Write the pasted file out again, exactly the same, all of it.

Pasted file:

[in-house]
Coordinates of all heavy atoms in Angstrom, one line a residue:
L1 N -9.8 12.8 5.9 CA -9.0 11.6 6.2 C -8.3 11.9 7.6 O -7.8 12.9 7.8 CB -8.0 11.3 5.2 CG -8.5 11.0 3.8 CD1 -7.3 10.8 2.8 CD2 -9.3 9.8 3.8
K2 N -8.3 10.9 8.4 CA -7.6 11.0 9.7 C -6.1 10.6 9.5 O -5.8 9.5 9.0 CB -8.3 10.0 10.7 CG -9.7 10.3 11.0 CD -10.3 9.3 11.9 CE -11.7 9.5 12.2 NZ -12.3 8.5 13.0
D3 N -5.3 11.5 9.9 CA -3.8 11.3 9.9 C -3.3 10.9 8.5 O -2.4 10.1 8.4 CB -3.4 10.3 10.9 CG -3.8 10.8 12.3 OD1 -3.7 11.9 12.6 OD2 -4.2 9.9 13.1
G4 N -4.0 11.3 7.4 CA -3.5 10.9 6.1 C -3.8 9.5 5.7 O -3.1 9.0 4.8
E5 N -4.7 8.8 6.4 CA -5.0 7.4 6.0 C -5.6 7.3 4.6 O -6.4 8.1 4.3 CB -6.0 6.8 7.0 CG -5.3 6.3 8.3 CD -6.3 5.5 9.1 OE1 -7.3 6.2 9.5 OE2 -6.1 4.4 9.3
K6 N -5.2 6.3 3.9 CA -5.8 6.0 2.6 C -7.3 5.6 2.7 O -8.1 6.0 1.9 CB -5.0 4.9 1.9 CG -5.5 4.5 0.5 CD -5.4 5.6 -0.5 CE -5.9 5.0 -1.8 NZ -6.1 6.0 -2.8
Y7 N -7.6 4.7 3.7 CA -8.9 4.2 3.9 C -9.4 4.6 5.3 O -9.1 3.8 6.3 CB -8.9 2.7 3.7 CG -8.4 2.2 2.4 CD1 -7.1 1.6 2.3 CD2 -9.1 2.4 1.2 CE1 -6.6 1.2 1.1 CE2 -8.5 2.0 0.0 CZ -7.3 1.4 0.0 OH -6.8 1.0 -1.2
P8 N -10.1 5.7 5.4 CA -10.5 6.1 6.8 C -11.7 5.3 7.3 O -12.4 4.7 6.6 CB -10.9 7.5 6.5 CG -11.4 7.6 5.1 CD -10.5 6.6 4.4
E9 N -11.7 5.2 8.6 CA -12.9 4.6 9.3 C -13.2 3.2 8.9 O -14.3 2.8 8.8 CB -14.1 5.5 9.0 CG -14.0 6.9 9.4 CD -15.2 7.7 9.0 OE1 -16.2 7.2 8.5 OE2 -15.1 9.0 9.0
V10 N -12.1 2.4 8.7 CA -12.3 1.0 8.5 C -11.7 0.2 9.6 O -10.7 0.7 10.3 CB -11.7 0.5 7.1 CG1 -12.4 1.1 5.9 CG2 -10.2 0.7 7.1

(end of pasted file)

[in-house]
Coordinates of all heavy atoms in Angstrom, one line a residue:
L1 N -9.8 12.8 5.9 CA -9.0 11.6 6.2 C -8.3 11.9 7.6 O -7.8 12.9 7.8 CB -8.0 11.3 5.2 CG -8.5 11.0 3.8 CD1 -7.3 10.8 2.8 CD2 -9.3 9.8 3.8
K2 N -8.3 10.9 8.4 CA -7.6 11.0 9.7 C -6.1 10.6 9.5 O -5.8 9.5 9.0 CB -8.3 10.0 10.7 CG -9.7 10.3 11.0 CD -10.3 9.3 11.9 CE -11.7 9.5 12.2 NZ -12.3 8.5 13.0
D3 N -5.3 11.5 9.9 CA -3.8 11.3 9.9 C -3.3 10.9 8.5 O -2.4 10.1 8.4 CB -3.4 10.3 10.9 CG -3.8 10.8 12.3 OD1 -3.7 11.9 12.6 OD2 -4.2 9.9 13.1
G4 N -4.0 11.3 7.4 CA -3.5 10.9 6.1 C -3.8 9.5 5.7 O -3.1 9.0 4.8
E5 N -4.7 8.8 6.4 CA -5.0 7.4 6.0 C -5.6 7.3 4.6 O -6.4 8.1 4.3 CB -6.0 6.8 7.0 CG -5.3 6.3 8.3 CD -6.3 5.5 9.1 OE1 -7.3 6.2 9.5 OE2 -6.1 4.4 9.3
K6 N -5.2 6.3 3.9 CA -5.8 6.0 2.6 C -7.3 5.6 2.7 O -8.1 6.0 1.9 CB -5.0 4.9 1.9 CG -5.5 4.5 0.5 CD -5.4 5.6 -0.5 CE -5.9 5.0 -1.8 NZ -6.1 6.0 -2.8
Y7 N -7.6 4.7 3.7 CA -8.9 4.2 3.9 C -9.4 4.6 5.3 O -9.1 3.8 6.3 CB -8.9 2.7 3.7 CG -8.4 2.2 2.4 CD1 -7.1 1.6 2.3 CD2 -9.1 2.4 1.2 CE1 -6.6 1.2 1.1 CE2 -8.5 2.0 0.0 CZ -7.3 1.4 0.0 OH -6.8 1.0 -1.2
P8 N -10.1 5.7 5.4 CA -10.5 6.1 6.8 C -11.7 5.3 7.3 O -12.4 4.7 6.6 CB -10.9 7.5 6.5 CG -11.4 7.6 5.1 CD -10.5 6.6 4.4
E9 N -11.7 5.2 8.6 CA -12.9 4.6 9.3 C -13.2 3.2 8.9 O -14.3 2.8 8.8 CB -14.1 5.5 9.0 CG -14.0 6.9 9.4 CD -15.2 7.7 9.0 OE1 -16.2 7.2 8.5 OE2 -15.1 9.0 9.0
V10 N -12.1 2.4 8.7 CA -12.3 1.0 8.5 C -11.7 0.2 9.6 O -10.7 0.7 10.3 CB -11.7 0.5 7.1 CG1 -12.4 1.1 5.9 CG2 -10.2 0.7 7.1